Consequently, Adolescents and early adults are competent of theoretically understand that there are benefits and costs linked with condom usage. It is uncertain, however, whether youth involve themselves in measuring these benefits and costs and utilize this as the fundament of having sex with a condom. Here, perception research comes into play and proposes a vital aspect in predicting the sexual risk behavior. The main study proposes that among early adults, perception of the benefits related with unprotected sex were predictive of sexual risk-taking than were perceived benefits or costs related with condom use (Parsons, Halkitis, Bimbi & Borkowski, 2000; Parsons, Siegel & Cousins, 1997). This corroborates other studies, that, adolescents who perceive condoms as effective in preventing STDs transmission, does not decrease the sexual pleasure, who had consulted it with a doctor and potentially concerned of having the disease, were more prone to use condoms (Hingson, Strunin, Berlin & Heeren, 1990). On the other hand, findings from the main article, proposed that sexual risk-taking behavior positively correlates with level of temptation (Parsons, Halkitis, Bimbi & Borkowski, 2000) which is potentially affiliated with the intention, sexual arousal level, substance use. Where perceived benefits and perceived risks were identified to be vital determinants of behavioral intentions, this reinforces previous research that classify adolescents as “sensation seekers” and are likely to be driven by antisocial behaviour, impulsive thrill seeking, sensation-seeking, resisting tradition along with convention and illustrating growth, development and autonomy (Parsons, Siegel & Cousins, 1997; Hudek-Knežević, Kardum & Krapić, 2008; Casey, Jones, Rebecca & Hare, 2008; Hale & Viner, 2016; Donohew, Zimmerman, Cupp, Novak, Colon & Abell, 2000). Possibly, sensation seeking plays a significant part both in vulnerability to substance use. Some research assert substance use (alcohol & drug) correlates positively with sexual risk behaviour where numerous young individuals describe that condoms are not regularly utilized when individuals are drinking or using drugs (Biglan, Metzler, Wirt, et al., 1990; Adeniyi & Okewole, 2014; Davis, Hendershot, George, Norris & Heiman, 2007; Hingson, Strunin, Berlin & Heeren, 1990; Baranowski & Hecht, 2015). This implicates notable rise in probability of unprotected sex at great levels of intoxication contrary to low-level intoxication which was related with raise the probability of participating in oral or safe sex. (Simons, Simons, Maisto, Hahn & Walters, 2018). In spite of the social importance of choices taken in the ‘‘heat of the moment,’’ exceptionally few studies has inspected the impact of sexual arousal on judgment and decision making. Two study, suggested that sexual arousal had a high effect on judgment and decision-making and acts as an amplifier of sorts, illustrating the significance of situational forces on inclinations (Ariely & Loewenstein, 2006; MacDonald, MacDonald, Zanna & Fong, 2000). Furthermore, subjects’ failure to foresee these impacts on their own behaviour where a trend is identified that activities which are not perceived as arousing when adolescents are not sexually stimulated come to be sexually charged and alluring when they are aroused, and those exercises that are alluring indeed when not aroused, ended up more alluring under the impact of arousal as well, this it implicates that people seem to have only limited insight into the impact of sexual arousal on their own judgments and behaviour (Ariely & Loewenstein, 2006). In contrast, another research were unsuccessful in finding an association between alcohol and condom consistent usage in the course of participants’ most recent intercourse with their current or new partners and explain that individuals who utilize condoms when they are sober, do tend to utilize them when drinking; while individuals who lack using condoms when drinking are likely to lack using t when sober (Weinhardt & Carey, 2000).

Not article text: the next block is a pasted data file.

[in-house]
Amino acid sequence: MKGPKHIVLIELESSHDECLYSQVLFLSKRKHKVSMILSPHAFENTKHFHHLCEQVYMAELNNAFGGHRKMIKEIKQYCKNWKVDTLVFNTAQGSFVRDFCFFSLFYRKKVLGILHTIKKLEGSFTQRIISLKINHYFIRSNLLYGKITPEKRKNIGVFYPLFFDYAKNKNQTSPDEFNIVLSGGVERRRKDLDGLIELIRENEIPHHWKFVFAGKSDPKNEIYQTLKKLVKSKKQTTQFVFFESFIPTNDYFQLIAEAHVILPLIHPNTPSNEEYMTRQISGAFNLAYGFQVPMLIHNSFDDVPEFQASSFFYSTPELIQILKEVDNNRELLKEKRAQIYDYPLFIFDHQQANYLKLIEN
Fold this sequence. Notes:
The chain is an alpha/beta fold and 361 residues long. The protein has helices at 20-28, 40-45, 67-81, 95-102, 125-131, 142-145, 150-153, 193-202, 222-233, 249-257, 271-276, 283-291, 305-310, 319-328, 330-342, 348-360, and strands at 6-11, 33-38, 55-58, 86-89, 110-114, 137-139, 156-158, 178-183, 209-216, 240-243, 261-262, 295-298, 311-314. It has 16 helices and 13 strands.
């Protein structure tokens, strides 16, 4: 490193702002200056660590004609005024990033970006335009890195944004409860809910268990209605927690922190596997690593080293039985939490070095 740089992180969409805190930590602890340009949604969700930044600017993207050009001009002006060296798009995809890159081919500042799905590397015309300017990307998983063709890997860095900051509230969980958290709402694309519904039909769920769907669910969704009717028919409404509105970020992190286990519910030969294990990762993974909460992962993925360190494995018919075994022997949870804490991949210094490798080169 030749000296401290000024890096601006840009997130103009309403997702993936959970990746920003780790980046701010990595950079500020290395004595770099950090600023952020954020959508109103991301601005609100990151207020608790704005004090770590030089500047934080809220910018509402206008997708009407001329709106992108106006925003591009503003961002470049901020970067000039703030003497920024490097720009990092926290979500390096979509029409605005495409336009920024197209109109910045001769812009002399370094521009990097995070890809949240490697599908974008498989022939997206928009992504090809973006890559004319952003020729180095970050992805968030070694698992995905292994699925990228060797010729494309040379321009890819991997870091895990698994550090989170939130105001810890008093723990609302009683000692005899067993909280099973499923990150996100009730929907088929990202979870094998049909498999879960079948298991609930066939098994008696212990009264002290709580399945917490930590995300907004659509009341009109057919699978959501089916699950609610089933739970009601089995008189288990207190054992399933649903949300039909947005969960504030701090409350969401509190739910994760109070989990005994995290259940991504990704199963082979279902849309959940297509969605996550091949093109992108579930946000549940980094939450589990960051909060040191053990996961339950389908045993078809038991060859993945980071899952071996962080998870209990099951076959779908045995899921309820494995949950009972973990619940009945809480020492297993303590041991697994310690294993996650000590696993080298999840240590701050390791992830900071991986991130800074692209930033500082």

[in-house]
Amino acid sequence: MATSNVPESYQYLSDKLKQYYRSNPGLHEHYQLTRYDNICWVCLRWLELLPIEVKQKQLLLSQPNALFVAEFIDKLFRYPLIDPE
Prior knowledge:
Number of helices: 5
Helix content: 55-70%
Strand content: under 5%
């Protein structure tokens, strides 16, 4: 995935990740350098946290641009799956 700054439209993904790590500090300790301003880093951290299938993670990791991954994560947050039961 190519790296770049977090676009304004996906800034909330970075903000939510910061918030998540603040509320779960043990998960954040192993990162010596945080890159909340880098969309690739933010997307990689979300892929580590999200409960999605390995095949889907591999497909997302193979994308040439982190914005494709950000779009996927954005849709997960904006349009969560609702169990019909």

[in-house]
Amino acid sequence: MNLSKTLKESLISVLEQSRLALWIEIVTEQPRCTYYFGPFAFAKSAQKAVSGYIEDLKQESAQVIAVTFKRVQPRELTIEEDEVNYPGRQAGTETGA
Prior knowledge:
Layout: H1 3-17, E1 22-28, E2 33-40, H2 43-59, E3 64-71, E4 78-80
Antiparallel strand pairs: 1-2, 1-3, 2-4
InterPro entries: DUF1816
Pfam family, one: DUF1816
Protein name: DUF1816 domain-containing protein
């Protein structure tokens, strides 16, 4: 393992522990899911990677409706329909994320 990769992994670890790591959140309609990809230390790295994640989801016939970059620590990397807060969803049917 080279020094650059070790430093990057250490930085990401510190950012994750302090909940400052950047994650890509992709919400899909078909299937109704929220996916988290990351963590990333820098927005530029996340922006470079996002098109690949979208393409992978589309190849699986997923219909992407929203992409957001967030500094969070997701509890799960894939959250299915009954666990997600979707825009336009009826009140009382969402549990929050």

Thirdly, the main study propose that sexual risk-taking negatively correlates with self-efficacy which was indicated to be a significant predictor for the following five stages of change and regular use of condoms: precontemplation, contemplation, action, maintenance. (Parsons, Halkitis, Bimbi & Borkowski, 2000; Parsons, Siegel & Cousins, 1997; Lauby, Semaan, Cohen, Leviton & et al., 1998). Nevertheless, an examination pointed to test the reliability of self-efficacy demonstrated that the scales measuring self-efficacy and advantages/pros of the behaviours were reasonably to exceedingly reliable, whereas those evaluating disadvantages/ cons were much less reliable, this implies that further research are needed to deeply investigate the measurement of self-efficacy particularly the cons (Lauby, Semaan, Cohen, Leviton, Gielen, Pulley & O’Campo, 1998). Fourthly, there has been a continuous dialog in terms of if gender influence the sexual risk behaviour. The association between gender and STD risk are complex and different culturally (Strebel, Crawford, Shefer, Cloete, Henda, et al., 2006). Gender differences were distinguished within the central study, with females describing more benefits of condom usage and costs of unsafe sex, less benefits of unsafe sex and costs of condom use, better self-efficacy for engaging in protected sex, and less circumstantial temptation for risky sex (Parsons, Halkitis, Bimbi & Borkowski, 2000). In spite of the fact that most research display that more men than woman are likely to participate in risky sex, one study dispute the generalisability of this conclusion, Patrick, Maggs & Abar (2007), indicated that significance of having safe sex did not vary by gender (Patrick, Maggs & Abar, 2007). From a different angle, some other evidence reveals that culture and gender role ideologies have its impact, where a research took place in Maputo, Mozambique propose that whereas gender roles work against women in general due to sexual double standard for virginity, middle-class youthful women had less sexual partners, were more frequent users of condoms, have the aspect of challenging the sex standards and were more confident than their working-class partners, which potentially, situated them at an advantage in sexual negotiation. (Machel, 2001). The findings implicate that men and women’s gender role ideology in society were significant predictor for both men and women’ sexual behaviours (Lefkowitz, Shearer, Gillen & Graciela, 2014). It also implicates that, as long as the beliefs that situate women as inferior and women felt unequal in regards of decision making and self-assertiveness, remains, young women’s susceptibility to STDs will carry on (Machel, 2001).